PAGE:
no one threw eggs on me
“How to Play Truant at Work”
And the story goes like this: Last Friday arrived and being super tired from four previous unexciting days, I decided to break my rule. For my lunch break, instead of eternal question: “Indian or Italian?”, I went for some food – for soul! As an appetizer, I went for Maison Martin Margiela and main meal – William Eggleston. (Those in Munich or art-junkies might know that I am talking about latest exhibitions in Haus der Kunst.)
William Eggleston’s photos really amazed me. There is so much color, so much democracy in choosing the motives and all of them in the end equally interested. I just loved those with Elvis’ living room or shower cabin or endless shoots from American South… this is really what fascinates: a country as the United States, which is dictating world trends (in anything?) to be so retrograded and contradictive inside. I warmly recommend! Margiela’s show was nothing new to me. Avantgarde and anonymity are the words that describe the design and, as a proud owner of one of his art pieces (my boots), I have almost fainted when I saw them there as an exhibit. Two pics as a preview I am attaching below…
(To interrupt a bit this serenade to visual art, I have to remind you that I listen in the moment to Lady GaGa and Arctic Monkeys when I go for a run … nothing haute-couture about that :))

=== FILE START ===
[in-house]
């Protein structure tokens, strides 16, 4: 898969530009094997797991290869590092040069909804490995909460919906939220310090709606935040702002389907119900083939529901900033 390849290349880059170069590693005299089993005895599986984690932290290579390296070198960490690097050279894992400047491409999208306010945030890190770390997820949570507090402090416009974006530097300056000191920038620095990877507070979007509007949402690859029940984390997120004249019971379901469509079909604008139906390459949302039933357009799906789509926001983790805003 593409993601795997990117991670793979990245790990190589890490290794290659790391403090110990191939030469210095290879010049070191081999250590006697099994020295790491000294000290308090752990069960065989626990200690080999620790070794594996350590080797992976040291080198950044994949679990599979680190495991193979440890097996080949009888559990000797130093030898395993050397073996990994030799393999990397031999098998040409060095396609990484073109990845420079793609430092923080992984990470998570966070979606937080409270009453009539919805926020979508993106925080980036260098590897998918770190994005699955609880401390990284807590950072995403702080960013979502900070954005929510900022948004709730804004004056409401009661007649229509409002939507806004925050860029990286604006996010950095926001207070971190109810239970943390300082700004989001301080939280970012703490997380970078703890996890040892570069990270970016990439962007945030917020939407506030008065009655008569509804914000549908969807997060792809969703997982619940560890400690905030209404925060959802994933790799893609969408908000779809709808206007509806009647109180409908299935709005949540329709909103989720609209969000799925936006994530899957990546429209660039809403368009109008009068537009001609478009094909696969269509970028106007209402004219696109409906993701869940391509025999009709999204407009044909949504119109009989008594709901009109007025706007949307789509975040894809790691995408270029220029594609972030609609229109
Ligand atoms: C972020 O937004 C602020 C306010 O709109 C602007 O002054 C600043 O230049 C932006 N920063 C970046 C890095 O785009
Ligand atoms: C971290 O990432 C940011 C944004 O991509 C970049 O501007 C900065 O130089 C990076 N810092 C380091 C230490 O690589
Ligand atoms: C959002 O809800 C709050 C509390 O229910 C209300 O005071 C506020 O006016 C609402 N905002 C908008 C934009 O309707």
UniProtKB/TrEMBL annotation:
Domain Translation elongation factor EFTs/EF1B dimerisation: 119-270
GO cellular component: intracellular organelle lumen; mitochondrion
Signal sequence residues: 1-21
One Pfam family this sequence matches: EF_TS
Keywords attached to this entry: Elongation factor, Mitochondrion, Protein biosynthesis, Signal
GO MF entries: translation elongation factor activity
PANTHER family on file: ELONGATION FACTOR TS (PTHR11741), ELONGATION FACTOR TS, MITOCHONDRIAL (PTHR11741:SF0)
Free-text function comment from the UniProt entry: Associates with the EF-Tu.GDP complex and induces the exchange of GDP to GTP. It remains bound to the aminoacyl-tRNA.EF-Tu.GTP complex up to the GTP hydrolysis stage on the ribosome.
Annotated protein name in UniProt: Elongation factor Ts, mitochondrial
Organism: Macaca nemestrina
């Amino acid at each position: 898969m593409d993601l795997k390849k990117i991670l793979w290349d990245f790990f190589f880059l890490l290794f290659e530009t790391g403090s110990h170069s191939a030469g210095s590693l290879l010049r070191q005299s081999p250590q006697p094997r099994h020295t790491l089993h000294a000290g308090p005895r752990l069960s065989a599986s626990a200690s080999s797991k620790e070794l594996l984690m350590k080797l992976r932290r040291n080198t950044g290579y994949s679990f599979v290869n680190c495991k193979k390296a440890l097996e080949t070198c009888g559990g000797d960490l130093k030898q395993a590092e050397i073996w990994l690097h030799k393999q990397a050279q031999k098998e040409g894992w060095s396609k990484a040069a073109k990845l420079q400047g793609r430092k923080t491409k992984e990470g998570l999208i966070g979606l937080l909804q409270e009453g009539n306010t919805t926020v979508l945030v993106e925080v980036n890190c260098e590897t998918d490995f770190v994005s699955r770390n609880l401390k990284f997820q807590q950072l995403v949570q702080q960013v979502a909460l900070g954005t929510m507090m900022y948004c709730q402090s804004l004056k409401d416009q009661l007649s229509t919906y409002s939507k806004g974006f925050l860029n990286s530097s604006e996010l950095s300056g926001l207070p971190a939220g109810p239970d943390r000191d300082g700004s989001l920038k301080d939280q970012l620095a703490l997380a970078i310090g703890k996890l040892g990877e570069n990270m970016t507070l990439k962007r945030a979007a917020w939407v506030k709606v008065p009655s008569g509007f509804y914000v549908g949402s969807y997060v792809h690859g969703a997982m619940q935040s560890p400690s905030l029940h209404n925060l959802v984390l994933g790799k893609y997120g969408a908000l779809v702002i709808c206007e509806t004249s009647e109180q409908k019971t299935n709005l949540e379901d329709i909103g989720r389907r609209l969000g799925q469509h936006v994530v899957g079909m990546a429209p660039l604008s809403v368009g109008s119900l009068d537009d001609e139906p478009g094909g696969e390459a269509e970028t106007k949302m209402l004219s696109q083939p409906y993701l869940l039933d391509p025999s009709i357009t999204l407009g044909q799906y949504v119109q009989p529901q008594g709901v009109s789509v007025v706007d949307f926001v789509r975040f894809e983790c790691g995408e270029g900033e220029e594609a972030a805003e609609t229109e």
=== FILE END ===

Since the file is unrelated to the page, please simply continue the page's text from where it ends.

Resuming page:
I will end this story with a great movie that we have watched last week at home. As fans of Arte (German-French channel), we have booked Monday evening to watch Kramer vs. Kramer. For those who haven’t heard about it, a movie from 1979, which got several Oscars and have Dustin Hoffman and Meryl Streep in the main roles. It is such a refreshment to watch nowadays a movie made in 70s or 80s, a movie without special effects and airbrushing, where the point was – to act. I watched this story when I was about 6 and remember me being somewhat puzzled with the drama between two adults. (Wife leaves a husband and a son.) I can’t explain those feelings now, but that tells me how in each of us, children, there was always this need for family, parents to care for each other, and I think that was a reason why this movie, normally not appropriate for children, stayed in my memory for so long.
This time puzzled me another thing: Dustin Hoffmans’ character, an extremely successful graphic designer in Manhattan, is having an secretary and an office – without computer!!! Laptop!!! Mobile phone!!! What you see is a huge pile of papers on his desk and him, in the next scene, looking for a next job in classifieds, circling the adds (no Monster!!!), while a headhunter looks for available jobs browsing his folders in a paper-box. Now this is what I call good old days.
william eggleston untitled, 1965–68 and 1972–74, from Los Alamos, 2003 private collection
Sunnies by Maison Martin Margiela: The effect is to look like anonymous people from the newspapers, with a black bar over their eyes.
Kramer vs. Kramer one of the first scenes